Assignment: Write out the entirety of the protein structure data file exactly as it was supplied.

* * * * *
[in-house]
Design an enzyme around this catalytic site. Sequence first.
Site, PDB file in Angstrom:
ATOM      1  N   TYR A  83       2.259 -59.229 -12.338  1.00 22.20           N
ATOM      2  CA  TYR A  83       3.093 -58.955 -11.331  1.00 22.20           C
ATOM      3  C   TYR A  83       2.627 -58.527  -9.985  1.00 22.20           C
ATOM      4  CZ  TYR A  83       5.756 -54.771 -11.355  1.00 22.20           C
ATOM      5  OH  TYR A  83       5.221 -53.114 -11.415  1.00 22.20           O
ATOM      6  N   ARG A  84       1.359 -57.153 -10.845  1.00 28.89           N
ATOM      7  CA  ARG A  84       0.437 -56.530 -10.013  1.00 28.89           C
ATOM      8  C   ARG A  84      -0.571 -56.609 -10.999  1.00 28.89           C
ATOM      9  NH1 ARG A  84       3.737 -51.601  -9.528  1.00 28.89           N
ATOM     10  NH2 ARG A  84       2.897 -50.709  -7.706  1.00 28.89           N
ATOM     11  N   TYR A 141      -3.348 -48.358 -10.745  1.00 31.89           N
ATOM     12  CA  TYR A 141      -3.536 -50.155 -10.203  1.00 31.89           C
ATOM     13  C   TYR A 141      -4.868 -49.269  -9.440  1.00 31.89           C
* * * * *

[in-house]
Design an enzyme around this catalytic site. Sequence first.
Site, PDB file in Angstrom:
ATOM      1  N   TYR A  83       2.259 -59.229 -12.338  1.00 22.20           N
ATOM      2  CA  TYR A  83       3.093 -58.955 -11.331  1.00 22.20           C
ATOM      3  C   TYR A  83       2.627 -58.527  -9.985  1.00 22.20           C
ATOM      4  CZ  TYR A  83       5.756 -54.771 -11.355  1.00 22.20           C
ATOM      5  OH  TYR A  83       5.221 -53.114 -11.415  1.00 22.20           O
ATOM      6  N   ARG A  84       1.359 -57.153 -10.845  1.00 28.89           N
ATOM      7  CA  ARG A  84       0.437 -56.530 -10.013  1.00 28.89           C
ATOM      8  C   ARG A  84      -0.571 -56.609 -10.999  1.00 28.89           C
ATOM      9  NH1 ARG A  84       3.737 -51.601  -9.528  1.00 28.89           N
ATOM     10  NH2 ARG A  84       2.897 -50.709  -7.706  1.00 28.89           N
ATOM     11  N   TYR A 141      -3.348 -48.358 -10.745  1.00 31.89           N
ATOM     12  CA  TYR A 141      -3.536 -50.155 -10.203  1.00 31.89           C
ATOM     13  C   TYR A 141      -4.868 -49.269  -9.440  1.00 31.89           C